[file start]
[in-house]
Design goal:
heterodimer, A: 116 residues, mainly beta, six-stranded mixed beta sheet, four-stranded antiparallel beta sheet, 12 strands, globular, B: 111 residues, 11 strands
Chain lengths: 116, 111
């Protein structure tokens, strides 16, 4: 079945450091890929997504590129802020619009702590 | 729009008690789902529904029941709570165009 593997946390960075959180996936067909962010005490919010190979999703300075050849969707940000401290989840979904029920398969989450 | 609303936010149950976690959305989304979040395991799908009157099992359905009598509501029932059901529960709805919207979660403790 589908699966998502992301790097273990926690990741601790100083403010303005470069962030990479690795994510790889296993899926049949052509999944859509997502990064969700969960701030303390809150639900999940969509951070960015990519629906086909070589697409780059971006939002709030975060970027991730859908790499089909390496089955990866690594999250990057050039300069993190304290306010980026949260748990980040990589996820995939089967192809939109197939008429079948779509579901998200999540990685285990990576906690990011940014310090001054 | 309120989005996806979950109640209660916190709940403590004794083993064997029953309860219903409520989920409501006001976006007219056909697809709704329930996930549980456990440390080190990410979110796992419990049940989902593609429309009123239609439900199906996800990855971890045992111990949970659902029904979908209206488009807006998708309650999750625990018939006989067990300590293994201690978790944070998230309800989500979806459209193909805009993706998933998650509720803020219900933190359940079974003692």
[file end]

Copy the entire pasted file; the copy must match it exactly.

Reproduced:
[in-house]
Design goal:
heterodimer, A: 116 residues, mainly beta, six-stranded mixed beta sheet, four-stranded antiparallel beta sheet, 12 strands, globular, B: 111 residues, 11 strands
Chain lengths: 116, 111
């Protein structure tokens, strides 16, 4: 079945450091890929997504590129802020619009702590 | 729009008690789902529904029941709570165009 593997946390960075959180996936067909962010005490919010190979999703300075050849969707940000401290989840979904029920398969989450 | 609303936010149950976690959305989304979040395991799908009157099992359905009598509501029932059901529960709805919207979660403790 589908699966998502992301790097273990926690990741601790100083403010303005470069962030990479690795994510790889296993899926049949052509999944859509997502990064969700969960701030303390809150639900999940969509951070960015990519629906086909070589697409780059971006939002709030975060970027991730859908790499089909390496089955990866690594999250990057050039300069993190304290306010980026949260748990980040990589996820995939089967192809939109197939008429079948779509579901998200999540990685285990990576906690990011940014310090001054 | 309120989005996806979950109640209660916190709940403590004794083993064997029953309860219903409520989920409501006001976006007219056909697809709704329930996930549980456990440390080190990410979110796992419990049940989902593609429309009123239609439900199906996800990855971890045992111990949970659902029904979908209206488009807006998708309650999750625990018939006989067990300590293994201690978790944070998230309800989500979806459209193909805009993706998933998650509720803020219900933190359940079974003692």